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Dr Ann-Sophie Schoess

Dr Ann-Sophie Schoess

Lecturer in Greek

Researcher profile

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I graduated from UCL in 2010 with a degree in Archaeology, Classics, and Classical Art before moving to the University of Oxford for an MSt in Classical Archaeology (2011). I also completed an MA in Classics (UCL, 2012), before returning to St Hugh?s College, Oxford, for my DPhil in Classical Languages and Literature (2018).

Before joining the School of Classics at St Andrews, I held a non-stipendiary lectureship at Corpus Christi College, Oxford (2016?19), a teaching assistantship at the Faculty of Classics, University of Oxford (2016?17), and a stipendiary lectureship at St Anne?s College, Oxford (2017?2019).


I contribute to team-taught Classical Studies Sub-Honours modules (CL1004 and CL2003) and Greek Sub-Honours modules (GK1006, GK2001/3, and GK2002/4). I offer the Greek Honours module ?The Rest of the Story: Greek Epic after Homer? (GK4128), and contribute to the MLitt Greek Literary Culture option module and the MLitt Core modules.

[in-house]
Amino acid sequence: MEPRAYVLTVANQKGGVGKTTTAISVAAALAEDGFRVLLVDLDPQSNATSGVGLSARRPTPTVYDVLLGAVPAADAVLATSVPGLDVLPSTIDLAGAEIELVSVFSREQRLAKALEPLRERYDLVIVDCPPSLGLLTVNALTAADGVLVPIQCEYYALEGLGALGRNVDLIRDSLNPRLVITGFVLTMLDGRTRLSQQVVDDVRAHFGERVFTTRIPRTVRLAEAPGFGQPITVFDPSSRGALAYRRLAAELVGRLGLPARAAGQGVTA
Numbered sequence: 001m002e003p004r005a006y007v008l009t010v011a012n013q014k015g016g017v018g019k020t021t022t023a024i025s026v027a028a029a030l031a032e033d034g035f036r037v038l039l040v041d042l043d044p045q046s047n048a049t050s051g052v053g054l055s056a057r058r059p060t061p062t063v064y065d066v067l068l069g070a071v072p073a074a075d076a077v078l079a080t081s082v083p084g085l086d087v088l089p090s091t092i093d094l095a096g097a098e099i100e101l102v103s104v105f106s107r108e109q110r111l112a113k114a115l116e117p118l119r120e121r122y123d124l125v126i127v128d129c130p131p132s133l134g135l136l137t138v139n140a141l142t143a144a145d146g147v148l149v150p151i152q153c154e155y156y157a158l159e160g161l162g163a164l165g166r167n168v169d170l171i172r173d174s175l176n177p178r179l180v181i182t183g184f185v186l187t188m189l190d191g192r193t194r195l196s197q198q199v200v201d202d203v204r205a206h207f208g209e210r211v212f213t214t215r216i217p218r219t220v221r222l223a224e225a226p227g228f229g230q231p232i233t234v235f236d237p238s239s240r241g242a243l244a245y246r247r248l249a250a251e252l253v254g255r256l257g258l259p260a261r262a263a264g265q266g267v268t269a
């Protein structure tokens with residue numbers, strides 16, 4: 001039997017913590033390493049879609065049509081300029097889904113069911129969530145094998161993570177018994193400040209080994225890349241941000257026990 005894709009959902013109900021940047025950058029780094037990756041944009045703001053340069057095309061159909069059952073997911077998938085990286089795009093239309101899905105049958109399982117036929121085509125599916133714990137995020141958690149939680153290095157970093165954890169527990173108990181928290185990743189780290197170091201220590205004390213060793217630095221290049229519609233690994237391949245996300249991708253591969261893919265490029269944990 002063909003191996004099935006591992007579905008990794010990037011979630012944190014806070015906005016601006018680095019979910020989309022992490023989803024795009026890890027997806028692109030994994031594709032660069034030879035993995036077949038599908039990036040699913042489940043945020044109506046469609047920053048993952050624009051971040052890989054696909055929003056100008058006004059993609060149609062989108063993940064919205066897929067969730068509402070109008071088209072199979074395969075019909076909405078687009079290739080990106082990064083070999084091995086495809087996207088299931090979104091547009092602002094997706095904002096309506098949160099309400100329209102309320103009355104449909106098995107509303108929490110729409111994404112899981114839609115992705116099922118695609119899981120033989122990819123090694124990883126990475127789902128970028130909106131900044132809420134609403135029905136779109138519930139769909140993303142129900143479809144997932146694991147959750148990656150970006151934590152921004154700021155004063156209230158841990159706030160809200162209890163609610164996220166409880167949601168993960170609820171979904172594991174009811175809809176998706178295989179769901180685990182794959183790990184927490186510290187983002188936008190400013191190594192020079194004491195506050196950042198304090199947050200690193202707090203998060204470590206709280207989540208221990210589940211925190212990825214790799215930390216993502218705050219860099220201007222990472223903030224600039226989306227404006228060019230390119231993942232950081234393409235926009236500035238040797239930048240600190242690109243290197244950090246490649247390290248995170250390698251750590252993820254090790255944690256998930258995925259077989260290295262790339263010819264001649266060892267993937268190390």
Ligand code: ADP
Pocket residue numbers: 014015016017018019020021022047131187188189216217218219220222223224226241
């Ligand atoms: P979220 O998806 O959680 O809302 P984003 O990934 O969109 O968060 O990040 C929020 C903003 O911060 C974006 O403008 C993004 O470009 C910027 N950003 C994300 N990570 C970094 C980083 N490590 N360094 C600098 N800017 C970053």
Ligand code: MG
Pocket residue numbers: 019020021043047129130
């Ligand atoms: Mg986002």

Research areas

My research focuses on the relationship between image and text in the classical world and beyond, with a strong emphasis on the visuality of Imperial and late-antique epic poetry. I am particularly interested in exploring the ways in which visual influences affect literary narrative, be it through the writer?s engagement with visual culture or their use of visual language. Such a visual approach to text enables us to understand better the dynamic interactions between visual and textual media, and to recognise the misguidedness of viewing images as dependent on texts, or as mere illustrations of literary accounts.

Throughout my work on Imperial and late-antique poetry, I have been addressing the question of whether later Greek authors were familiar and engaged with the Latin classics. I am particularly interested in exploring the ways in which later Greek epic poets, such as Nonnus, Quintus, and Colluthus, developed further visual approaches to classical myth first evident in the Latin works of Ovid in particular.

I am preparing a monograph based on my doctoral research on the transmission and reception of Ariadne?s abandonment in literature and the visual arts from Homer to Boccaccio.

I am also working on a new research project on the reception of classical myth in Christian culture, focusing on Late Antiquity and the Middle Ages / Renaissance. I am particularly interested in the distinct ways these narratives are re-interpreted, re-shaped, and re-invented to contrast with, or reinforce, Christian ideas of morality.

Selected publications


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